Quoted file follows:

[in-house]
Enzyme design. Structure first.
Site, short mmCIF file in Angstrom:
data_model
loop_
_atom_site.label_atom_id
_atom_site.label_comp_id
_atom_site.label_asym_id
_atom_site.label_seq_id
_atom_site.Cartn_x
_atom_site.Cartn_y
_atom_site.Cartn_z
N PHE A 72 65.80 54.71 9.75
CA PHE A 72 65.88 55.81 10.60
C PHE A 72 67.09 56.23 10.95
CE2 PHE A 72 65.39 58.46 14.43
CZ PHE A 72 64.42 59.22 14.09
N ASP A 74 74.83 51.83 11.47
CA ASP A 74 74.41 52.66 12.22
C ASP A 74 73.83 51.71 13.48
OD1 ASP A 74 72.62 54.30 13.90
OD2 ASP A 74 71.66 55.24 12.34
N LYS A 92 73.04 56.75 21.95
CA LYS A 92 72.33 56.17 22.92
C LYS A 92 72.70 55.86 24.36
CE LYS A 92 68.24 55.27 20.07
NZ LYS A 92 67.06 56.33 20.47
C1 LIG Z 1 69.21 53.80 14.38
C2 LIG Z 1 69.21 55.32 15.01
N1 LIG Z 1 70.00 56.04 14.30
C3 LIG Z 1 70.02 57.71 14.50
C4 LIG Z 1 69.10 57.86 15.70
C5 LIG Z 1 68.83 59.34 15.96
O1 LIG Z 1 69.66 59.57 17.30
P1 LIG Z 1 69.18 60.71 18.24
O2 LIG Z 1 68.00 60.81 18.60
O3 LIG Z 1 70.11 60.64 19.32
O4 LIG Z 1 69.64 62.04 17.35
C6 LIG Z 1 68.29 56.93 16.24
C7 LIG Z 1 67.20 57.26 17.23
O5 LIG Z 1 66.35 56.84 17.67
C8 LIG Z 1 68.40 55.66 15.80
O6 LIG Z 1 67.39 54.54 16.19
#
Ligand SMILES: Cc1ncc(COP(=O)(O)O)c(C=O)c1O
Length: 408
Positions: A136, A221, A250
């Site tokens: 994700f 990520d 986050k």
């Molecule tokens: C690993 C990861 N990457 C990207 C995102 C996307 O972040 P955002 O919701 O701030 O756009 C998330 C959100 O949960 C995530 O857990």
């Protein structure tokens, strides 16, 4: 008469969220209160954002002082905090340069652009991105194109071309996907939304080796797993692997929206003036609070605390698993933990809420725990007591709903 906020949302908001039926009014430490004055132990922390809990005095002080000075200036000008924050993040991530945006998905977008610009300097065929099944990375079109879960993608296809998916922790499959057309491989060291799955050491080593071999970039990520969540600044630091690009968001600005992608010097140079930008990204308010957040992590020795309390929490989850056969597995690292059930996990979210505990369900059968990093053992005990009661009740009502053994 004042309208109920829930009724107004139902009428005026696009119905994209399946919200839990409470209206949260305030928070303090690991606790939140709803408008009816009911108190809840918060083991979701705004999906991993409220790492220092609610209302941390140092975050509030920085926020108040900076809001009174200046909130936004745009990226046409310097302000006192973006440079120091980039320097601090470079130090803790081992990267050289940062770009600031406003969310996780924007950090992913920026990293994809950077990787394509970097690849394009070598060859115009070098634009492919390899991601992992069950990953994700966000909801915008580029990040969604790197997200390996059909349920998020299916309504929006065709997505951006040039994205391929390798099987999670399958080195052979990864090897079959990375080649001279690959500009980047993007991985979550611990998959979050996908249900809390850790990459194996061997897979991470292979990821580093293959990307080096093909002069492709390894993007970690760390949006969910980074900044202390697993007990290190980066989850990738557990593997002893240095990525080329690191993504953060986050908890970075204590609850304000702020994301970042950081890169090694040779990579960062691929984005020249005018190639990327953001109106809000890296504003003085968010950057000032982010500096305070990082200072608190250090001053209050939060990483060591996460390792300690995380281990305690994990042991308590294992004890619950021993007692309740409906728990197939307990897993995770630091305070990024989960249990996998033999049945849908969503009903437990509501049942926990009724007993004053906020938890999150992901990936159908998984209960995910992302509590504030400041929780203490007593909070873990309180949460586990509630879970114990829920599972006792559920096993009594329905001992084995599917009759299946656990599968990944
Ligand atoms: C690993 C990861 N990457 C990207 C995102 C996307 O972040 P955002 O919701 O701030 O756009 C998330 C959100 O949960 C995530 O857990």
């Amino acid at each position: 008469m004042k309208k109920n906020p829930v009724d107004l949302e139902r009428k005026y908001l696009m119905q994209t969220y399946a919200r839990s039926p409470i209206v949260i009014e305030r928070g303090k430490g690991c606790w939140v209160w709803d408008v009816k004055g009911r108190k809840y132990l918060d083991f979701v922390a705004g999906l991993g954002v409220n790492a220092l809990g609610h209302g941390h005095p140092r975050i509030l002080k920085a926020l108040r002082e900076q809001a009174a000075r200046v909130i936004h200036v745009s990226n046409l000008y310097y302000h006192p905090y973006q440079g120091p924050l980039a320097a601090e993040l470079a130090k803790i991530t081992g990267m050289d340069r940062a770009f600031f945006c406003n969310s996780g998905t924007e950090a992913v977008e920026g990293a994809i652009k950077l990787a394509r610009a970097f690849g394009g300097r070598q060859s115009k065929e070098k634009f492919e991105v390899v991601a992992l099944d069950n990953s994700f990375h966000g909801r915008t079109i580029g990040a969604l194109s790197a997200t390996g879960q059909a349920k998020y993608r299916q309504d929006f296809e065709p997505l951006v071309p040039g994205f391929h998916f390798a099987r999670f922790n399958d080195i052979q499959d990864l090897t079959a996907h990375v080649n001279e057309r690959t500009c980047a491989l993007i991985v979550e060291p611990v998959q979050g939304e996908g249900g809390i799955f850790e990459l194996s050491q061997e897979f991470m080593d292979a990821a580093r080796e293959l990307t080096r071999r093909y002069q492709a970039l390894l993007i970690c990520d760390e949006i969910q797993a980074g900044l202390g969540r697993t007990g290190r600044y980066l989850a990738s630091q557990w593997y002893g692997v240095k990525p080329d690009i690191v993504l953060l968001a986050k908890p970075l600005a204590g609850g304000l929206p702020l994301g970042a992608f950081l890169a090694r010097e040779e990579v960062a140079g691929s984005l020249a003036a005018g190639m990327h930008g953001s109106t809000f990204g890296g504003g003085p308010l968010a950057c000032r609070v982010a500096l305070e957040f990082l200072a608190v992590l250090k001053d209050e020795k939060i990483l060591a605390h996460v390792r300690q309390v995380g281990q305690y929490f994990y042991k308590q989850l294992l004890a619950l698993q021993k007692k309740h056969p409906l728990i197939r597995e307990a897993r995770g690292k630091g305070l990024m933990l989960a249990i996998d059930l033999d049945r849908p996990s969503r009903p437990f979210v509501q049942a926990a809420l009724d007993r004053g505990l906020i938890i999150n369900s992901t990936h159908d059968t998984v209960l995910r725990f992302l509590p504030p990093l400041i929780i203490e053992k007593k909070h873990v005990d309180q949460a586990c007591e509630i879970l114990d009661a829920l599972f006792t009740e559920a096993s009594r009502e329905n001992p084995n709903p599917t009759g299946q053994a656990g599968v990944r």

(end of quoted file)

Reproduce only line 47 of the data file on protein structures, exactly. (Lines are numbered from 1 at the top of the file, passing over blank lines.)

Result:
Positions: A136, A221, A250